Off-campus UNL users: To download campus access dissertations, please use the following link to log into our proxy server with your NU ID and password. When you are done browsing please remember to return to this page and log out.
Non-UNL users: Please talk to your librarian about requesting this dissertation through interlibrary loan.
An Affect-Based Model of Environmental Aesthetic Evaluation: An Explanation, Exploration, and Defense of the Influential Role That Aesthetic Values Play in Our Conception of the Natural World
Aesthetic reactions to the environment are an important feature of how many different persons value the natural world around them. I argue that aesthetic evaluation and values are constituted primarily by affect. Looking seriously at and borrowing from psychological research and theory about the emotions, I argue that emotions are best understood as appraisals which include many different, but some not necessary dimensions: they are valent, motivating, meaningful, and often related to cognition. The various facets of such account can explain different characteristics often supposed as part of aesthetic reactions or value, and can further illuminate debate over such characteristics. Assuming then, that aesthetic evaluation of the natural world is affect-based, I use another affect-based model from a different domain—that of moral foundations theory—in order to explain the patterns of aesthetic judgments found between people. Moral foundations theory can explain how similarly directed aesthetic judgments can have different bases for differently situated people. What is interpreted as disorderly by some, may be interpreted as harmful by others. I further argue that understanding the deep foundational differences between people can help in garnering support for conservationist causes. This can be done by highlighting the aesthetic changes that co-occur with some practice or by adopting language that resonates for groups usually not associated with environmentalism. Aesthetic evaluation, understood as affectively constituted, does not have the objectivity many environmental aestheticians have supposed. I address these different accounts, and show how they fail to deliver on objectivity and how my own meta-account can explain the foci of these different accounts on appreciation. Contrary to many of these theorists, I also argue that environmental aesthetic considerations are useful in conservationist debates, this despite being subjective. Aesthetic considerations can bridge the political divide, and understanding the varying foundations that people of different political backgrounds respond to is of use to those wanting to garner support for a conservationist issue. Besides being useful, these differences create a responsibility on the part of the government, which I argue can be met by offering clear visual representations of proposed changes to public lands.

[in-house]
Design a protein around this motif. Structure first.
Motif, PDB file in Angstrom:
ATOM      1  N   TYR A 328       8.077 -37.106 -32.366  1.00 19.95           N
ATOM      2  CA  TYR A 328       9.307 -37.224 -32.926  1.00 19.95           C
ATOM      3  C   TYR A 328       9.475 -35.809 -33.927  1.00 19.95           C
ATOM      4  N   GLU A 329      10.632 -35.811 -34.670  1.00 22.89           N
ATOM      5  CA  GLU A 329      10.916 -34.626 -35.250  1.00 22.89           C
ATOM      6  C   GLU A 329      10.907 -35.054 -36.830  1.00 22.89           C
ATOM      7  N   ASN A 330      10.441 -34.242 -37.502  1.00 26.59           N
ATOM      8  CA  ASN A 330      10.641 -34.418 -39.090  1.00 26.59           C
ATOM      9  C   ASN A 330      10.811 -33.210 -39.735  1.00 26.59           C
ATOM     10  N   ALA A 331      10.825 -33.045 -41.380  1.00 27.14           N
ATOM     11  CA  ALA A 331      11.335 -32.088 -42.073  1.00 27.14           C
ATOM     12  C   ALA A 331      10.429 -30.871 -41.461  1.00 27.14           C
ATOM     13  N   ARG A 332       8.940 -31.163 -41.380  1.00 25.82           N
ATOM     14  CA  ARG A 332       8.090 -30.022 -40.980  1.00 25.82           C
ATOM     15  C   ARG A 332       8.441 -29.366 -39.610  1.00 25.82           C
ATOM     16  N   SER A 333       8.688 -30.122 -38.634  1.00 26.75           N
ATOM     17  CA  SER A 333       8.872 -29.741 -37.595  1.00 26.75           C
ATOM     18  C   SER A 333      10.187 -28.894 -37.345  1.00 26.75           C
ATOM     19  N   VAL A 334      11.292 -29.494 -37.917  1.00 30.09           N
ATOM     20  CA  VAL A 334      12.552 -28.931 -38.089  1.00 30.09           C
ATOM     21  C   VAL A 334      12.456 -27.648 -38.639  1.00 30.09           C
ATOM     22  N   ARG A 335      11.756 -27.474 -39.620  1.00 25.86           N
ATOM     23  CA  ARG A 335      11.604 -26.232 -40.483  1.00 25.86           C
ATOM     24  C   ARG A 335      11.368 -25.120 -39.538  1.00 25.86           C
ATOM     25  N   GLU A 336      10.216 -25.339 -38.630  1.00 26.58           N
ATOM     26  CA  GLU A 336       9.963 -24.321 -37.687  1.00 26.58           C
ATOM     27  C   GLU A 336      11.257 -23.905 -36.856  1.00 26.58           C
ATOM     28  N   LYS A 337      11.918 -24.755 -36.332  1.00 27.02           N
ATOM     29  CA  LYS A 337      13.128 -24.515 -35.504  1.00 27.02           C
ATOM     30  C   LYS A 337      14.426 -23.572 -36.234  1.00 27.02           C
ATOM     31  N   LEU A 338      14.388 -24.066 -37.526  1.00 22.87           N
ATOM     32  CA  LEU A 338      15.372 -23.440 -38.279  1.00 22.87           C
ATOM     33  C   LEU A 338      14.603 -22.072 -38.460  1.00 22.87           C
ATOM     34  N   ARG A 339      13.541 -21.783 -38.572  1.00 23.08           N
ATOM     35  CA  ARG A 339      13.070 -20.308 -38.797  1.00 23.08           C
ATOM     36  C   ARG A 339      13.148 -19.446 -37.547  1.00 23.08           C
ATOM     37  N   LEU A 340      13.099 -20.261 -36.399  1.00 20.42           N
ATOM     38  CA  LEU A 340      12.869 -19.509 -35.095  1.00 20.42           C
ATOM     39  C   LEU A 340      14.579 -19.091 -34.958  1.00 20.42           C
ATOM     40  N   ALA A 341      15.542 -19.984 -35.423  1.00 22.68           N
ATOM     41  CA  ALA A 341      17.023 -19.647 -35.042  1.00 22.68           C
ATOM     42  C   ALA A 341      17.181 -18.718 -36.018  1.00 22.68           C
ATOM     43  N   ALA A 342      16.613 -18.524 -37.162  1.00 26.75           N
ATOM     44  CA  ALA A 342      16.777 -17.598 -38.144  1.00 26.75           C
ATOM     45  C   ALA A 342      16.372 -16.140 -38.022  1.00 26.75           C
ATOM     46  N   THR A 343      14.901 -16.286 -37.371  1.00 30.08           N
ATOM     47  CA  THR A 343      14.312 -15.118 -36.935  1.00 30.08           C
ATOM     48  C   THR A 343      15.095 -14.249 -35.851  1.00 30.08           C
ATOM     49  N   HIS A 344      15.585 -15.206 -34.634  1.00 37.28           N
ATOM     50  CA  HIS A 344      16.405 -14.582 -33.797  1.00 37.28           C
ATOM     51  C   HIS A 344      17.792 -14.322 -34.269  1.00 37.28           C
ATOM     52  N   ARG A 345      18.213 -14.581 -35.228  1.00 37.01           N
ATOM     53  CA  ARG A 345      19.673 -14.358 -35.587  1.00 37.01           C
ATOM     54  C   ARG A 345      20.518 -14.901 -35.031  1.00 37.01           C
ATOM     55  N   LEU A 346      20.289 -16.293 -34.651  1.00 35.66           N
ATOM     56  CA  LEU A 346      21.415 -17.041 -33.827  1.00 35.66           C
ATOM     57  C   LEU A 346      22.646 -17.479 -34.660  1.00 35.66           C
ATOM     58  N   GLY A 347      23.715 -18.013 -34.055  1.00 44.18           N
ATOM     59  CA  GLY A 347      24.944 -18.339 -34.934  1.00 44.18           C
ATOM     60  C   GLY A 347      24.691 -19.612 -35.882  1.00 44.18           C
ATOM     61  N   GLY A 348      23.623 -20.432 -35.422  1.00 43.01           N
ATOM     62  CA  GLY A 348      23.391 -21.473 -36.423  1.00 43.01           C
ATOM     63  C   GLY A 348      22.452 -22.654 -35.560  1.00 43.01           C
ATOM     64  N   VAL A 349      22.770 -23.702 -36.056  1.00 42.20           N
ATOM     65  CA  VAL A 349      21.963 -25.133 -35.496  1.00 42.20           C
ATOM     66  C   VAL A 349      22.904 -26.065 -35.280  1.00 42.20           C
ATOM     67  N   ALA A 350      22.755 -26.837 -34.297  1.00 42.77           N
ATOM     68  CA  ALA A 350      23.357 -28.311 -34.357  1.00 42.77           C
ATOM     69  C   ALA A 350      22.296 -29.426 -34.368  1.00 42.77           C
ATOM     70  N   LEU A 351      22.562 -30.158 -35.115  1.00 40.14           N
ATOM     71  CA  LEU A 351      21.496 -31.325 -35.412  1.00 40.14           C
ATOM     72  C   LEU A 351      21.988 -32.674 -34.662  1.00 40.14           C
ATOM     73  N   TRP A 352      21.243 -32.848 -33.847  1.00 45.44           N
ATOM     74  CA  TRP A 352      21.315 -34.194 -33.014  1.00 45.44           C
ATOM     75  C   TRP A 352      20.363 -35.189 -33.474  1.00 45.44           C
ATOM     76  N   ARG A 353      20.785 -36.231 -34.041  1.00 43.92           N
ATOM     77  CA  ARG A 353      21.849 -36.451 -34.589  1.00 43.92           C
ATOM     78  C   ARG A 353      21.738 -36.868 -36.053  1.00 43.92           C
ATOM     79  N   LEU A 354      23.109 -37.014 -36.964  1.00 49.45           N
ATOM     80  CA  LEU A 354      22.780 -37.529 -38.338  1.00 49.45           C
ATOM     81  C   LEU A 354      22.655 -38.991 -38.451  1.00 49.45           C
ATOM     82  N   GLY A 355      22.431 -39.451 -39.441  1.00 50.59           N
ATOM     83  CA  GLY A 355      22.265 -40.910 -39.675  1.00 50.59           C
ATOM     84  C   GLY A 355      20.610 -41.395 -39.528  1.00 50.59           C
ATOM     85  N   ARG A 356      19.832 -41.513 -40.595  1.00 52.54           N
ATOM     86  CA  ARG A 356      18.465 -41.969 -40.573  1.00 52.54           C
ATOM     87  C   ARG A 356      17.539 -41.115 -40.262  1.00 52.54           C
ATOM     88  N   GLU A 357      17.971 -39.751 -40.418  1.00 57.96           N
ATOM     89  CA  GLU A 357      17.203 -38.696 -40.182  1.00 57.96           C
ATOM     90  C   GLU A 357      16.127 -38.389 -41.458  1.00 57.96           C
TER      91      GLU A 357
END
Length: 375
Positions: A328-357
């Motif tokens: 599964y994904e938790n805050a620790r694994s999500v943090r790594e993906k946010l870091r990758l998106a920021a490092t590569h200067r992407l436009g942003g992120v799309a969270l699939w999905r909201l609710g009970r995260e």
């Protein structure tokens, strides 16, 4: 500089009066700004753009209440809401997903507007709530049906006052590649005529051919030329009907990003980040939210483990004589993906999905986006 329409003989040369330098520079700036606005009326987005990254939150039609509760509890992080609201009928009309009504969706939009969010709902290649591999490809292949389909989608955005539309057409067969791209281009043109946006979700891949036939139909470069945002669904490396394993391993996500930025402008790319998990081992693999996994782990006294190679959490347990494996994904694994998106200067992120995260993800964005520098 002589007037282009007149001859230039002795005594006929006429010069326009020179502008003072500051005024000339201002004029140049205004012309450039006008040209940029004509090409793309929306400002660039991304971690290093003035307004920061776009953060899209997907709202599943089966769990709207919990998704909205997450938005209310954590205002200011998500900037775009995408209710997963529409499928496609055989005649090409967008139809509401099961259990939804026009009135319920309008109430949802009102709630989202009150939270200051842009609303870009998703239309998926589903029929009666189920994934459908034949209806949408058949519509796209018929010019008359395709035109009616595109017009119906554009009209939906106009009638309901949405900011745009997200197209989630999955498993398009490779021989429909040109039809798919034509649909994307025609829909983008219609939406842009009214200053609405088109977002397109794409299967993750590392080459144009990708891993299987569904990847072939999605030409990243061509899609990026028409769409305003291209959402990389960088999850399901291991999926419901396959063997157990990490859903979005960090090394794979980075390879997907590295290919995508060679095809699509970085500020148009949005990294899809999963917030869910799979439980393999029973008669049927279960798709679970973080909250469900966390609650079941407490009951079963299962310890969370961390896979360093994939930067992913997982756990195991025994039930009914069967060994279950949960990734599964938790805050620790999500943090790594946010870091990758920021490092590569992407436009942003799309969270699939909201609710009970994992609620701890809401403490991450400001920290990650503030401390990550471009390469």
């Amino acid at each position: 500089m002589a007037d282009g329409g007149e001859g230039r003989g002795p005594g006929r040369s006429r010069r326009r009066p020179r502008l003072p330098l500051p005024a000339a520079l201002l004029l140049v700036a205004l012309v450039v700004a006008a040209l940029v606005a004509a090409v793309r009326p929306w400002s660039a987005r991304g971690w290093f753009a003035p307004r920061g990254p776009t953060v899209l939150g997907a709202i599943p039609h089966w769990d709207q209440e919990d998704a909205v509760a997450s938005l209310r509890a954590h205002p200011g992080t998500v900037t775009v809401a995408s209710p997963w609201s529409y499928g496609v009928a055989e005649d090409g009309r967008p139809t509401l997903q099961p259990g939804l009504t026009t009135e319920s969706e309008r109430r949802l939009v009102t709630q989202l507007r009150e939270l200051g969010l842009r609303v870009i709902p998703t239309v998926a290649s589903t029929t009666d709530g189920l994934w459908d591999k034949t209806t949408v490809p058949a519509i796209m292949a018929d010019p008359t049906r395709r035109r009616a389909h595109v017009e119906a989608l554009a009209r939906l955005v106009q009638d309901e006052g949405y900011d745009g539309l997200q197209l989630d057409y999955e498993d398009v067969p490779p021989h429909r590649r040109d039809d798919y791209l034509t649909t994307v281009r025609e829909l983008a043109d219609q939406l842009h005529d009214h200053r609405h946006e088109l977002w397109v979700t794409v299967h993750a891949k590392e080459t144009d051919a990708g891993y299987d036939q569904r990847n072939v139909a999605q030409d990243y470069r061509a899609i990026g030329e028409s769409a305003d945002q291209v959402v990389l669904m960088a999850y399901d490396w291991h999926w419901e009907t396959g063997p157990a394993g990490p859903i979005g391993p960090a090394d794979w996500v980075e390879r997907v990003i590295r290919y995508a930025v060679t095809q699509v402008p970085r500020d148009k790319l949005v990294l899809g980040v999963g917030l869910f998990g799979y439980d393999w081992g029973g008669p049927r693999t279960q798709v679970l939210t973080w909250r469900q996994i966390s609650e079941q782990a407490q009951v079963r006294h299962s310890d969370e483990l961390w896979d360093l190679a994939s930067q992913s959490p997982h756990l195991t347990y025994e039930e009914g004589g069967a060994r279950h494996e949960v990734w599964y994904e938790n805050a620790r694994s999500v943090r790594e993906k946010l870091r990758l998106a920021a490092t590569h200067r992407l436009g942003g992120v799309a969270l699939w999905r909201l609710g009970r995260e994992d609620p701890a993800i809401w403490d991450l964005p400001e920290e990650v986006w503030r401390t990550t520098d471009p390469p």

Fritz, Allison J, "An Affect-Based Model of Environmental Aesthetic Evaluation: An Explanation, Exploration, and Defense of the Influential Role That Aesthetic Values Play in Our Conception of the Natural World" (2017). ETD collection for University of Nebraska-Lincoln. AAI10616017.